The X3 3rd generation (from this point known as the X3iii) was provided to me gratis as a review sample. I have made it clear to FiiO in the past that I did regard any product they sent me as their sole property and available for return any time at their request. I have continued to use a lot of their gear for follow up reviews, but also for everyday use. I had previously purchased a lot of FiiO products and inquired if I could purchase other review samples a while ago from FiiO (for personal use). They have insisted I keep any further sample products for for my own use. So I acknowledge now that the X3iii I have is supplied and gifted completely free of any charge or obligation. I thank FiiO for their generosity.

I have now had the X3iii for around 3 months. The retail price at time of review is ~ USD 200.

PREAMBLE - 'ABOUT ME'. (or a base-line for interpreting my thoughts and bias)

I'm a 50 year old music lover. I don't say audiophile – I just love my music. Over the last couple of years, I have slowly changed from cheaper listening set-ups to my current set-up. I vary my listening from portables (mostly now from the FiiO X5iii, X7ii and iPhone SE) to my desk-top's set-up (PC > USB > iFi iDSD). My main full sized headphones at the time of writing are the Sennheiser HD800S, Sennheiser HD600 & HD630VB, MS Pro and AKG K553. Most of my portable listening is done with IEMs, and it has mainly been with my own personally owned IEMs - the Jays q-Jays, Alclair Curve2 and LZ Big Dipper - as well as my 64Audio U10 sample (an earphone I may yet purchase at a future date). A full list of the gear I have owned (past and present) is listed in my Head-Fi profile (note to self - it does need updating).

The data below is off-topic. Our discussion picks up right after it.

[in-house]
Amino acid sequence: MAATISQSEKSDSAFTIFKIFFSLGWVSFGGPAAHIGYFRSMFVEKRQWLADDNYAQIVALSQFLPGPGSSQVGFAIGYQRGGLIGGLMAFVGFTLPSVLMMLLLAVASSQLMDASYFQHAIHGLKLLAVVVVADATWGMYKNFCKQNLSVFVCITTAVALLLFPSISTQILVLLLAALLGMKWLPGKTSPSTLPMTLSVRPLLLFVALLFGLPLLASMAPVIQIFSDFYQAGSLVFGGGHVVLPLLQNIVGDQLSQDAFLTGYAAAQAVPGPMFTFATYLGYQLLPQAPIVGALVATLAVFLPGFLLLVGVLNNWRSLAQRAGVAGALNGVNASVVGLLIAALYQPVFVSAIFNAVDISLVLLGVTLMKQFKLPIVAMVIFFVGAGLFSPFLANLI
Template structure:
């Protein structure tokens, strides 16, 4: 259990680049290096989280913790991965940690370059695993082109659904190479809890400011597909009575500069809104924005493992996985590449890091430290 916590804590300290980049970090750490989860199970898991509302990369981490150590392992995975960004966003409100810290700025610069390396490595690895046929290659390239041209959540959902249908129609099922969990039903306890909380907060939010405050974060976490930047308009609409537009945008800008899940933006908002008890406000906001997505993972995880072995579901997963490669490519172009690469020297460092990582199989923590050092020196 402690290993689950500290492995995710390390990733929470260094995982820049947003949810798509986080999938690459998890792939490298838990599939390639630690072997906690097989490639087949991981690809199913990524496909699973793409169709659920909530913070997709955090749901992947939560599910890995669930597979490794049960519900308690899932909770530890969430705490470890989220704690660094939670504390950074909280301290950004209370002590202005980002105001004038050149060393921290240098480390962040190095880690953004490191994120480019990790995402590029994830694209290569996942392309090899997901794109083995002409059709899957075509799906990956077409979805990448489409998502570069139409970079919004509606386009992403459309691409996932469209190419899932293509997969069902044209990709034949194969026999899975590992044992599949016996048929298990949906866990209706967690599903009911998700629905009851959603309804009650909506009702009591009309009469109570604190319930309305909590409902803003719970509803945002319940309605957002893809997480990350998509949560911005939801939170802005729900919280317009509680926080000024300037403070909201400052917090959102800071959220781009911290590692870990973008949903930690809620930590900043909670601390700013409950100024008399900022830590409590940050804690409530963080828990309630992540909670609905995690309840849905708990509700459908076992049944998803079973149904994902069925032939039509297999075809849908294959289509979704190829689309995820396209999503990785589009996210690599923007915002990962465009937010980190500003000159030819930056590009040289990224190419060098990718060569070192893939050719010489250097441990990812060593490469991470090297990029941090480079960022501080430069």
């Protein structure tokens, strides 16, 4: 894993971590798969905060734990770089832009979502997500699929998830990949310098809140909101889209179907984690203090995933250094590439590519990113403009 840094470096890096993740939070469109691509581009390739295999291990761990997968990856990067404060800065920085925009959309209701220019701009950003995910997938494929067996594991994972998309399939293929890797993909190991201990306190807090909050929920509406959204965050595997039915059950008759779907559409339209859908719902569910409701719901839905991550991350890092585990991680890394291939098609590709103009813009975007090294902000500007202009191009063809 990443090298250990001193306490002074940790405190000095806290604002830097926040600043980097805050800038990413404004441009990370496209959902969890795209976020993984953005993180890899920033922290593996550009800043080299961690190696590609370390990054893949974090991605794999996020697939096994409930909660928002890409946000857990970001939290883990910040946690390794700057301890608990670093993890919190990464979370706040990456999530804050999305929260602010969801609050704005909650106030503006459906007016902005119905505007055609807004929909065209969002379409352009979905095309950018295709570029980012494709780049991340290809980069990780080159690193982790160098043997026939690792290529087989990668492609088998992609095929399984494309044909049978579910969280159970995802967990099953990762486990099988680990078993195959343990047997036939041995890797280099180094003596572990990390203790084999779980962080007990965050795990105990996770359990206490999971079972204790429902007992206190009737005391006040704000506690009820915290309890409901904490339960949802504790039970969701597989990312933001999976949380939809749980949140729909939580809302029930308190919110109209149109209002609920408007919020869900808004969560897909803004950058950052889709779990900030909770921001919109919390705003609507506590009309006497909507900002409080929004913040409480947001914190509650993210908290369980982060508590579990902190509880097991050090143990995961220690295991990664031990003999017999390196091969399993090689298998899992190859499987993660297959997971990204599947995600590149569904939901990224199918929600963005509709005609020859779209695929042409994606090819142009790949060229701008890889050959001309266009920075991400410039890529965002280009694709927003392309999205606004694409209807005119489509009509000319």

I have very eclectic music tastes listening to a variety from classical/opera and jazz, to grunge and general rock. I listen to a lot of blues, jazz, folk music, classic rock, indie and alternative rock. I am particularly fond of female vocals. I generally tend toward cans that are relatively neutral/balanced, but I do have a fondness for clarity, and suspect I might have slight ‘treble-head’ preferences. I am not overly treble sensitive, and in the past have really enjoyed headphones like the K701, SR325i, and of course the T1 and DT880. I have a specific sensitivity to the 2-3 kHz frequency area (most humans do) but my sensitivity is particularly strong, and I tend to like a relatively flat mid-range with slight elevation in the upper-mids around this area.